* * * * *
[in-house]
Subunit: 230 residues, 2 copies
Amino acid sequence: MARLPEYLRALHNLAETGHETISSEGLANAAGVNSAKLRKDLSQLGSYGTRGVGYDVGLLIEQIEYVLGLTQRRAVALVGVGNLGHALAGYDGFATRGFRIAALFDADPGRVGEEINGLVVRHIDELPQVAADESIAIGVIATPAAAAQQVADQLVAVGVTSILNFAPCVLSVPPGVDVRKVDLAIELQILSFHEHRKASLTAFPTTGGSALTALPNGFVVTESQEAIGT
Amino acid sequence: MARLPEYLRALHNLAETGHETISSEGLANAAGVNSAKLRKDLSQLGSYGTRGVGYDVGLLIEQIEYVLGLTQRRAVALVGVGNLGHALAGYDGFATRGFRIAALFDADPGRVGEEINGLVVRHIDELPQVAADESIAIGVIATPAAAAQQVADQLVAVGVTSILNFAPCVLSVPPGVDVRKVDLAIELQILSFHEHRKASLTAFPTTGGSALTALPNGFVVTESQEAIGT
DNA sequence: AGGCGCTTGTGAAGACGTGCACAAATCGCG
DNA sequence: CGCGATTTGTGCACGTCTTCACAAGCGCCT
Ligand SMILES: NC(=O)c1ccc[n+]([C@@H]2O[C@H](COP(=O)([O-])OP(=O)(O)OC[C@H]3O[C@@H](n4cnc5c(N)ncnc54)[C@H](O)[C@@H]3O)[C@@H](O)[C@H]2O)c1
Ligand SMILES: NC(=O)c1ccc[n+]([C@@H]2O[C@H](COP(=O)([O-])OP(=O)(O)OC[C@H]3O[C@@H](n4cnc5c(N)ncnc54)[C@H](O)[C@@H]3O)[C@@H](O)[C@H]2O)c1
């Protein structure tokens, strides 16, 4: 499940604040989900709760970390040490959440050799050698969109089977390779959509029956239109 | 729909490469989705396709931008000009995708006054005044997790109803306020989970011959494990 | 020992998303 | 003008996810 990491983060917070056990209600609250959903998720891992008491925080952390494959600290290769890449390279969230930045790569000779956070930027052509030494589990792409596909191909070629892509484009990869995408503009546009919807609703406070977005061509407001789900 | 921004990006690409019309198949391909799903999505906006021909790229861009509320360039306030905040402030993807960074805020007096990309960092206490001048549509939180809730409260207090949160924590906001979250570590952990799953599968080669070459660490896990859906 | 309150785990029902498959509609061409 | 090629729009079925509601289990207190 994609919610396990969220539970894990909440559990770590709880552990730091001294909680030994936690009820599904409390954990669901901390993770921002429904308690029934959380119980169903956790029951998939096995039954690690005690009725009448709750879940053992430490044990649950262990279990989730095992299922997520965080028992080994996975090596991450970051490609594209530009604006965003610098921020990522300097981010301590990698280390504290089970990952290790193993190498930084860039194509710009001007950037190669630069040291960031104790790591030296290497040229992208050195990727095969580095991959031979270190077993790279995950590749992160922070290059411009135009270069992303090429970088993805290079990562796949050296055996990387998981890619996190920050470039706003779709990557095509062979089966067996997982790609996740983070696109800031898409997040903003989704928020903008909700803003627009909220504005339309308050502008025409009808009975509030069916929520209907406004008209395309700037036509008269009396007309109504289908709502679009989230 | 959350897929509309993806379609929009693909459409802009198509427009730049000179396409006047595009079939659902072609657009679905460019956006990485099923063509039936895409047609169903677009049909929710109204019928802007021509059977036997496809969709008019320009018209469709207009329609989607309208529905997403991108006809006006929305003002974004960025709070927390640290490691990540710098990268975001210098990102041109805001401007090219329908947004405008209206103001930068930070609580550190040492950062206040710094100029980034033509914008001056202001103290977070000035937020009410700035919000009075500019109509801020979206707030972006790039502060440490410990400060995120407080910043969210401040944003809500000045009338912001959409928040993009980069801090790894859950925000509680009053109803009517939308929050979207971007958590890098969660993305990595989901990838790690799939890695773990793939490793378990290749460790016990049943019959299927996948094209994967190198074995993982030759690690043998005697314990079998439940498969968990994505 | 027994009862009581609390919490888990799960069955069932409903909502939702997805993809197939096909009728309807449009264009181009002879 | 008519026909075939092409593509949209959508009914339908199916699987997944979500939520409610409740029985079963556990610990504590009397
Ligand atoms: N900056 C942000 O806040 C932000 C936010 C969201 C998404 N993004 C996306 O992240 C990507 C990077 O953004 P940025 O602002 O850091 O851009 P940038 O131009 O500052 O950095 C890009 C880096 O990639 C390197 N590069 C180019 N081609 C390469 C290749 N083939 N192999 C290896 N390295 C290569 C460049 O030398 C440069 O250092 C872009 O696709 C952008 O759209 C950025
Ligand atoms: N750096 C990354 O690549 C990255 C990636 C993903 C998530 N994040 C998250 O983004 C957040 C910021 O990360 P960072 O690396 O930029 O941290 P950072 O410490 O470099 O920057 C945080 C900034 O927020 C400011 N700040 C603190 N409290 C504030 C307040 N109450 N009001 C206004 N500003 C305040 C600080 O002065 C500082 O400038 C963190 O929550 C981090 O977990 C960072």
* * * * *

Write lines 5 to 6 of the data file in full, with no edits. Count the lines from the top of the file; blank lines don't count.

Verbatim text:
DNA sequence: AGGCGCTTGTGAAGACGTGCACAAATCGCG
DNA sequence: CGCGATTTGTGCACGTCTTCACAAGCGCCT